The $400 million Curepe Interchange project is expected to start within the next 30 days, with Nidco choosing to jointly award the contract for the project to the two top bidders following a public falling out over the tendering process late last year.
Former junior minister in the Ministry of Works and Infrastructure Stacy Roopnarine had fallen out with her boss Dr Suruj Rambachan, after it was revealed then that local contractor, Lutchmeesingh Transport Company had been selected for the job though it ranked second in the tender screening process. It was revealed that first-ranked bidder Vinci Construction lost out because of its high costing for the mega-job.
The Sunday Guardian has since learned that though Lutchmeesingh was selected, Nidco-based engineers objected on the basis that the company's tender contained several shortcomings.
However, in fresh developments, Nidco has decided to award the project jointly to the two top bidders. "We are currently in negotiations with the first and second bidder," Nidco chairman Dr Carson Charles confirmed.
There is no word as to what prompted these fresh negotiations or who made the call to have the job shared between the two top-ranked bidders, but Charles confirmed that the project would be offered to both contractors, after months of the project being on hold and talks of quashing the bid and restarting the tender process.
Back in November, it was reported that the two top bidders had been rejected on the basis of price and expertise, respectively. Charles confirmed to the Sunday Guardian that Nidco's engineering team had found that several major items were not catered for in the tender submitted by Lutchmeesingh, leading to Nidco overturning that company's selection for the project previously.
Nidco had been reported then as weighing additional options to get the job done.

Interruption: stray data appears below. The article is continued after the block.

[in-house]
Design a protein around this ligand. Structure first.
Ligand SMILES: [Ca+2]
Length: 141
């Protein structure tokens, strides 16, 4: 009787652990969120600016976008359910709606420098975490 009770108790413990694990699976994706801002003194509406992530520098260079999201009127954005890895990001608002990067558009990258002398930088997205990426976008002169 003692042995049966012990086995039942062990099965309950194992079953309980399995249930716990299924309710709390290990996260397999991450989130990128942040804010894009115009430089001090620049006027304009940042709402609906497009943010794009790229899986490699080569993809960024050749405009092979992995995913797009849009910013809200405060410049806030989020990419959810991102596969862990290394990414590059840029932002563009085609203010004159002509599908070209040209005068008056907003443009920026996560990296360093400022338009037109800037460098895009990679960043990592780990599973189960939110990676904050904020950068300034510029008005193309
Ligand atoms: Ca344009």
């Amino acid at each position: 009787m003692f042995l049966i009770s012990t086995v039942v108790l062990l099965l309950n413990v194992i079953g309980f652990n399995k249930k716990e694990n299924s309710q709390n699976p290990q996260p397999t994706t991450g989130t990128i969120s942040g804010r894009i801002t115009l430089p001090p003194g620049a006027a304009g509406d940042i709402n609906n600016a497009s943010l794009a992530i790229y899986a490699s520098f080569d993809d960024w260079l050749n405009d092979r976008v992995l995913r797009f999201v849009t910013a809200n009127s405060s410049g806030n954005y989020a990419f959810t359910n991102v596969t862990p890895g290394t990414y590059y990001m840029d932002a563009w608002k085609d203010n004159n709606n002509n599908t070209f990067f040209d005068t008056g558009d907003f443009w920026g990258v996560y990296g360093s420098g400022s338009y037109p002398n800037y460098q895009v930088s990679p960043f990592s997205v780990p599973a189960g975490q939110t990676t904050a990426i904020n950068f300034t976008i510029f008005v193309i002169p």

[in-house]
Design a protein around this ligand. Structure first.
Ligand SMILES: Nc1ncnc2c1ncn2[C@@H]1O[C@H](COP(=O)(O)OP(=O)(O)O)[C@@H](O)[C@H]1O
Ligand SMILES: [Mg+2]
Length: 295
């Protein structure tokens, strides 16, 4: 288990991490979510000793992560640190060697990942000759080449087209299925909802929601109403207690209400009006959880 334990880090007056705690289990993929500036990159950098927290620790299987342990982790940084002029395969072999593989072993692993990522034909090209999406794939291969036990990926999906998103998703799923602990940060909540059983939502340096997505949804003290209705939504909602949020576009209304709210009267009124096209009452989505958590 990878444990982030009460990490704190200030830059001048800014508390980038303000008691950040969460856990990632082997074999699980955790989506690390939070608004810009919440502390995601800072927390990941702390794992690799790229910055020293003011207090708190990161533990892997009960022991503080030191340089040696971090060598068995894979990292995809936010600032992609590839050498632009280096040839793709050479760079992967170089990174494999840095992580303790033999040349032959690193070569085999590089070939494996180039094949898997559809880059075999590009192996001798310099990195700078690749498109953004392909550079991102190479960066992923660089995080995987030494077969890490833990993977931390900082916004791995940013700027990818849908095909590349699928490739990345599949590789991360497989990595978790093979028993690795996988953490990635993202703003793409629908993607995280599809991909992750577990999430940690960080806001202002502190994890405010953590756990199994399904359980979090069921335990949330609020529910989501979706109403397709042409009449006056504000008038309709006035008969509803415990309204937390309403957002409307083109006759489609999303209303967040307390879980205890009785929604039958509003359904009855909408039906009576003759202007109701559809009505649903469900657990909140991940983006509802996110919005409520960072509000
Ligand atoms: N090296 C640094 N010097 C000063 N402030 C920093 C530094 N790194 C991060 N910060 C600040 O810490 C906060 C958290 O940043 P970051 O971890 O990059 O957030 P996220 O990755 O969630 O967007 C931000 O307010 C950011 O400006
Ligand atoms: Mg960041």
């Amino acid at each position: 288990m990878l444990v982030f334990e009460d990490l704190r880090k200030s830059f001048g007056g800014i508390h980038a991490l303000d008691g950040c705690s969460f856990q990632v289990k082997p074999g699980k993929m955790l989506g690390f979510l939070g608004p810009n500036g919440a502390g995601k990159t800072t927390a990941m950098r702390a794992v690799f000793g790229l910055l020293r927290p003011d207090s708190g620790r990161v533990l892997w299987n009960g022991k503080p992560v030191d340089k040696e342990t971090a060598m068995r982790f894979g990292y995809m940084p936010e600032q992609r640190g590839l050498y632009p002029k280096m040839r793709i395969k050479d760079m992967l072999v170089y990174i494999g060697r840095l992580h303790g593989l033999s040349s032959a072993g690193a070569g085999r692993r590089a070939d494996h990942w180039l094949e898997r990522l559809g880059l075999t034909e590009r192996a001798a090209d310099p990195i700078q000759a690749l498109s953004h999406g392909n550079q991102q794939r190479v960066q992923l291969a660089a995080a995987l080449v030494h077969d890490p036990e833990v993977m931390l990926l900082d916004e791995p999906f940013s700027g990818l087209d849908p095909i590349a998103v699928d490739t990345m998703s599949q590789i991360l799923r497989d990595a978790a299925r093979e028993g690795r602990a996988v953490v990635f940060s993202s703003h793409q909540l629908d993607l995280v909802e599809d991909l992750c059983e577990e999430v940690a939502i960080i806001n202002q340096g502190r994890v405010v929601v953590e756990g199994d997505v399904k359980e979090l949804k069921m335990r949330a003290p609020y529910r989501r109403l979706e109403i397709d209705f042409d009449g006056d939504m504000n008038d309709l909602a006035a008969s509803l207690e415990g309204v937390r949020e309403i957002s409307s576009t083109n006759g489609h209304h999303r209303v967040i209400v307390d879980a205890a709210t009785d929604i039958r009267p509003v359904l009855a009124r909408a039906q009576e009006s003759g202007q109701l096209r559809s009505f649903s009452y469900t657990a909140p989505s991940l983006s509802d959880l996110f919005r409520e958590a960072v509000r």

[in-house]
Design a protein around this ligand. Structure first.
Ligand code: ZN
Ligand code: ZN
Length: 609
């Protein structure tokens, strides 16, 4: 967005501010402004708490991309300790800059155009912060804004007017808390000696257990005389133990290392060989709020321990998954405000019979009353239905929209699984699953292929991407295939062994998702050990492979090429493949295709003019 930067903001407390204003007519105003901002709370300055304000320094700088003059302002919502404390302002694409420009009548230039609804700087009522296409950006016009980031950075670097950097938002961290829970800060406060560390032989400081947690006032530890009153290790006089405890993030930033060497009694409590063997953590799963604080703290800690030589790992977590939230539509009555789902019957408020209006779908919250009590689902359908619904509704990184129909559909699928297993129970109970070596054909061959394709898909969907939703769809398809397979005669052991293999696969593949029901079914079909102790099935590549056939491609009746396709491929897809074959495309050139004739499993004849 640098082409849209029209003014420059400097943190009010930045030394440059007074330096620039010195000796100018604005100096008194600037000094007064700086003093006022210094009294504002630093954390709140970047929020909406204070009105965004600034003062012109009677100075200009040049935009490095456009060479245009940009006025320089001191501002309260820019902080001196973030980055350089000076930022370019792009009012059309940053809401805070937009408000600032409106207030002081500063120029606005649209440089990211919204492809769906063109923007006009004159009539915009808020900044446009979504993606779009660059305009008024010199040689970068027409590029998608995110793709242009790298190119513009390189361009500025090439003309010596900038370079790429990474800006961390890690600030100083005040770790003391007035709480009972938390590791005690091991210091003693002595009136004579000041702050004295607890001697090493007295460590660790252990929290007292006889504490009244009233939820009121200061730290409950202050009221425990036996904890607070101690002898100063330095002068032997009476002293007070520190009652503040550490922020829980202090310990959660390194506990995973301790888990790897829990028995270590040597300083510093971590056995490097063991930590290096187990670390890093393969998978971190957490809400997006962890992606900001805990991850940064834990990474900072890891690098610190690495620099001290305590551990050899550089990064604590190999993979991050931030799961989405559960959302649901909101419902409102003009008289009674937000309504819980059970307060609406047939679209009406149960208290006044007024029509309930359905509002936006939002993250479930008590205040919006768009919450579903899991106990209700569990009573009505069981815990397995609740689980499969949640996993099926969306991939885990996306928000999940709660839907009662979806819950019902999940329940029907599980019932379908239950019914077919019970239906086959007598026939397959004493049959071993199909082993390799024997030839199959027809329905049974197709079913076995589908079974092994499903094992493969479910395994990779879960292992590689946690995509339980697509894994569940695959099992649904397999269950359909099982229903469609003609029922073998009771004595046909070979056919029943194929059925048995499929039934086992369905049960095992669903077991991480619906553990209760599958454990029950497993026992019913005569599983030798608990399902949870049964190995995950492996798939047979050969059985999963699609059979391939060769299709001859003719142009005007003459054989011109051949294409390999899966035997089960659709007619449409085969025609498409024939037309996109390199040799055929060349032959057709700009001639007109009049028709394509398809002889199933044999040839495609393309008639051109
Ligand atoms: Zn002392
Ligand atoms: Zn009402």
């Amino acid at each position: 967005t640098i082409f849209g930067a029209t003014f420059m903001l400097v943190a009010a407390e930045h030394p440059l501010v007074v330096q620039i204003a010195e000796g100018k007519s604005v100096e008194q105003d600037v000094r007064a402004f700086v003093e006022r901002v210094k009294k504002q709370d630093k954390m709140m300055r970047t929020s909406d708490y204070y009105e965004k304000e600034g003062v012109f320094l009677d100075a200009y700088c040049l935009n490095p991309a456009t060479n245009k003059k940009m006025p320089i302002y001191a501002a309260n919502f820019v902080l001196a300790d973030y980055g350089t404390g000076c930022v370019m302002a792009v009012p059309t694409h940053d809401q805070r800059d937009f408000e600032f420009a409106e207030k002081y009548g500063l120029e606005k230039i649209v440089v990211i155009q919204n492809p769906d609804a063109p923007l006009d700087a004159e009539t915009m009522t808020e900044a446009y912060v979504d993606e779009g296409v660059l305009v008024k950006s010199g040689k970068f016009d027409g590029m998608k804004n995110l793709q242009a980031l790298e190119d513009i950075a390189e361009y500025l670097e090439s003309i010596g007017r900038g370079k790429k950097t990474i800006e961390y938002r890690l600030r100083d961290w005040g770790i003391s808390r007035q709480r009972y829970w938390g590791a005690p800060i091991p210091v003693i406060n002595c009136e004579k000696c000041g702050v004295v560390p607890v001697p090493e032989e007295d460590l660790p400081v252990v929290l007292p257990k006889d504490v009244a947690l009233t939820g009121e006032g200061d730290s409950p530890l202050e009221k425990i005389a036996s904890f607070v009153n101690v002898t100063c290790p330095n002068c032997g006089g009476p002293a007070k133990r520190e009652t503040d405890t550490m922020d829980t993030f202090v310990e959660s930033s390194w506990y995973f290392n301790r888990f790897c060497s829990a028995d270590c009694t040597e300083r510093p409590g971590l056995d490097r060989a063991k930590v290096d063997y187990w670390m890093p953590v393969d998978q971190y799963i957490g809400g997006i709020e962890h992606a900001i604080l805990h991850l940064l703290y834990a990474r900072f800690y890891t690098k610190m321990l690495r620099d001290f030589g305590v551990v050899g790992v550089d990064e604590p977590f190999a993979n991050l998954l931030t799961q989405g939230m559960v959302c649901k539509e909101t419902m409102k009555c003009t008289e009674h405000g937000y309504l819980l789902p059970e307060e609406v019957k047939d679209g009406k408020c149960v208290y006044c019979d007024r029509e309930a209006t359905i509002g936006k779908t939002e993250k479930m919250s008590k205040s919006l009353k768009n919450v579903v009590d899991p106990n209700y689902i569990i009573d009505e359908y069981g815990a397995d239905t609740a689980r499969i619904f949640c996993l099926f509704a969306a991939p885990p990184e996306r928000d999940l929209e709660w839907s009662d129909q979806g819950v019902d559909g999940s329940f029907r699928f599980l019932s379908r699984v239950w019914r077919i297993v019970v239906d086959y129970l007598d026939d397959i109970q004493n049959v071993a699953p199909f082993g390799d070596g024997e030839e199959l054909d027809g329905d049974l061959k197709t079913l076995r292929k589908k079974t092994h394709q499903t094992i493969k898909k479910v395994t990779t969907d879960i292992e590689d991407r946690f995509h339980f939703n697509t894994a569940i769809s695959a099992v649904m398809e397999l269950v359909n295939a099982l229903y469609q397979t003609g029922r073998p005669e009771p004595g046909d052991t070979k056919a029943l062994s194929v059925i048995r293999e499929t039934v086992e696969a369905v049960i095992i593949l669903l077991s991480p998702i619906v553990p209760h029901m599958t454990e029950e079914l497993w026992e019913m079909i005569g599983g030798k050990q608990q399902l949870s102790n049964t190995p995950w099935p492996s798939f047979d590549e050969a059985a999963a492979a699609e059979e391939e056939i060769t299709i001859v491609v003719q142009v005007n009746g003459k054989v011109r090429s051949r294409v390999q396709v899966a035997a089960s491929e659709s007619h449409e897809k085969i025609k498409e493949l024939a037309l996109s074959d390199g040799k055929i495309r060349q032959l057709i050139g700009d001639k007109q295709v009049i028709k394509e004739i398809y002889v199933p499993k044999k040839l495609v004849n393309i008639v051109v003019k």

The tenure of Nidco's board ended in December 2014 and left the future of the Curepe Interchange in limbo. Charles had said then that he expected the project to be finalised and awarded by January 2015 but, almost six months later, the project remained stalled.
"We could not come to an agreement with Vinci Construction based on the cost of its tender and with Lutchmeesingh, the negotiation committee was not convinced that they had the ability to complete the job," Charles said.
"Quite frankly, there were three contractors selected and we were not satisfied with any."
Despite Charles' misgivings, the project is expected to come before the Nidco executive within the next month and awarded soon after.
"We are seeking to work out a solution so that we can use the specific expertise from both companies," Charles said.
The project is expected to be completed 18 months after it begins.
Key among the projects to be completed at a rapid rate is the now 50 per cent completed billion-dollar highway to Point Fortin. The Sunday Guardian has learned that Nidco is now in talks with all major road contractors, including Junior Sammy, Seereram Brothers and Lutchmeesingh, for them to work as a unit to complete the road works in conjunction with Brazil-based OAS Construction, which controls the project.
"So much is going on at Nidco," Charles said.
"We are currently in talks with the major contractors in the country to sub-contract the work on the Point Fortin highway and complete that project by next year," he said.
He said that Rambachan was expected to open a bridge in Claxton Bay today and has plans for another 20 bridges within the next few months.
Nidco has also started work on landslips around the country and has been given a five-year mandate to work on some 600 landslips, as well as several drainage projects under the Ministry of the Environment and Water Resources.
Charles said another big project–the Diego Martin Interchange–was expected to be tabled soon.
"That project is currently at the design stage and is with the consultant," Charles said.
Charles said Nidco was also at the execution stage of the Port-of-Spain flood alleviation project which has been funded by the Inter-American Development Bank for well over half-a-billion dollars.